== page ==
Addiction — A true catalyst for family destruction
Editor’s note: Ever since the Whig concluded its “Voices of Recovery” series last fall, many have asked the paper to continue discussing recovery and addiction. As an extension of that focus, we now present “Shift the Focus” an every-other-week column by Lorri Irrgang, a local author, recovery advocate and mother of someone in recovery. Join us as Lorri discusses many topics pertinent to the recovery movement.
— When someone first mentioned to me that living with addiction was a “traumatic” thing to deal with, I was taken aback. I was not the one with the addiction, it was my son. How could it be considered traumatic for me? Because the path of addiction is not
short, this prolonged stress took a toll on my emotional and physical state. I had no tools, nor the confidence, to remove myself from the chaos when my journey began.
In my previous column, I touched upon the importance of expressing one’s feelings. When the pain from addiction is not “talked out”, it will get “acted out.” This can be seen either through impulsive behaviors or opposing demanding, strict behaviors. The impulsive behavior releases the pent up feelings and manages to get attention, even if it is negative. It may be seen through anger, rage, yelling, overspending, underspending, promiscuity or collapsing into helplessness.
The opposite behavior presents as control. Looking back, I realized that I had adopted this behavior because it falsely helped me to feel that things were not falling apart inwardly or outwardly. I developed an inaccurate sense of security that I could somehow yield different results by managing the chaos that had escalated in my world. I initially tightened up on rules and daily routines/schedules for my daughter. My rigidity triggered her to exhibit impulsive behaviors of anger and blame that I had never seen in her. I learned to selfregulate my feelings and actions in order to maintain a positive relationship with the “healthy child” in my family. I also felt it was my responsibility to set an example of a wholesome way to deal with stress. I was discovering that my actions/ reactions could make a difference with my daughter and influence her in a positive way. Whereas anything I was doing for my son was superfluous and disregarded by him.
In addition to becoming more controlling, I realized I deflected my anxiety and pain by attending to my daughter’s needs rather than my own. Not because she asked for more care or because I had a genuine awareness of her needs, but because it was easier. I was incapable of identifying my own needs because I had so many raw feelings. Therefore, I was over-caring for my daughter as I was neglecting what would provide balance and healthy living for myself. Parents who themselves have difficulty functioning each day will neglect the family’s needs while subsequently devoting their time to sleeping, watching TV or obsessing over work. This enables them to avoid “feeling” or “dealing” with life. It also creates an atmosphere of potential neglect for any of the healthy children in the family. Both of these scenarios can manifest into an inability for children to trust the ones they love to be there for them.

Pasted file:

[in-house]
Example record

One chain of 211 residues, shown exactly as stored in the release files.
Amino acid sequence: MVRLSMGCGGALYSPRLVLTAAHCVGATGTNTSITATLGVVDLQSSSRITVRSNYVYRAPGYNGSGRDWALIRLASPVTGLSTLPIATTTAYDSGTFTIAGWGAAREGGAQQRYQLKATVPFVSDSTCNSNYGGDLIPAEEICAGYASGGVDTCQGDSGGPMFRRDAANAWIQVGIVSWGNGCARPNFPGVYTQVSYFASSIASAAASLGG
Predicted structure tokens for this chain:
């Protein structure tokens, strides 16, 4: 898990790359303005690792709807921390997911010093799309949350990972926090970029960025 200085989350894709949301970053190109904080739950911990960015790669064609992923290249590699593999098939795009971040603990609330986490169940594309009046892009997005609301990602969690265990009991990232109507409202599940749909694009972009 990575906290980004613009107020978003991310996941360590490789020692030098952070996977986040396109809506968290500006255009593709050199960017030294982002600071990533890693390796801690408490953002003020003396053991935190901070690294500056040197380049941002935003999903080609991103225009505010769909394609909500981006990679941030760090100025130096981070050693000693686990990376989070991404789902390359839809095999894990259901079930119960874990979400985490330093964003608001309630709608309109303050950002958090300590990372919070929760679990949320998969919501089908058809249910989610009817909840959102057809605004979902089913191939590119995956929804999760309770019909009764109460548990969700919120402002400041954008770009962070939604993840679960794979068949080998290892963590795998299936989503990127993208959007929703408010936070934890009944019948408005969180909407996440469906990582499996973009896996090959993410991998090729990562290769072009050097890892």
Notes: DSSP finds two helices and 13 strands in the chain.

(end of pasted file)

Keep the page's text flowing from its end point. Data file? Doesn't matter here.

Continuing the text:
As my daughter and I continued to worry and as we tried to refrain from reacting to our fears, I noticed we were each falling into different patterns of behavior. We desperately had a need for a closer bond with each other for a sense of protection. At times we would find ourselves holding each other crying and other times we would just sit in silence in the same room. Then there were times when we were doing the opposite: we were withdrawing from our close relationship, isolating, angry and upset with each other. This was a sort of “trauma bonding” that we developed without even realizing it.
Although the word “bonding” has a positive connotation, trauma bonding in relation to addiction is the contrary. As the mother, I felt stuck as I observed my son’s self-destructive behaviors. I knew there was nothing I could do about it. My daughter’s respect for her brother made it almost impossible to understand why he would choose this path. Her reality became a separate entity from the brother she loved so much. The repetitive discussions, debates and arguments with my son ended in a stalemate each and every time. It was impossible to detach from him even though we knew we could not trust him. Honestly, we didn’t even really like him during this time! It was so difficult to completely disconnect because of the elusive hope that “we” could fix this problem.
Part two of this column, “Dynamics of the Traumatized Family,” will be in print on Oct. 28. It will cover the different roles or characteristics that family members will take on while living with someone with substance use disorder.
Please feel free to reach out through my website at www. adafamilytrauma. net. Share your story or your thoughts. Ask questions and share topics you would like to see covered in upcoming columns. I look forward to hearing from you!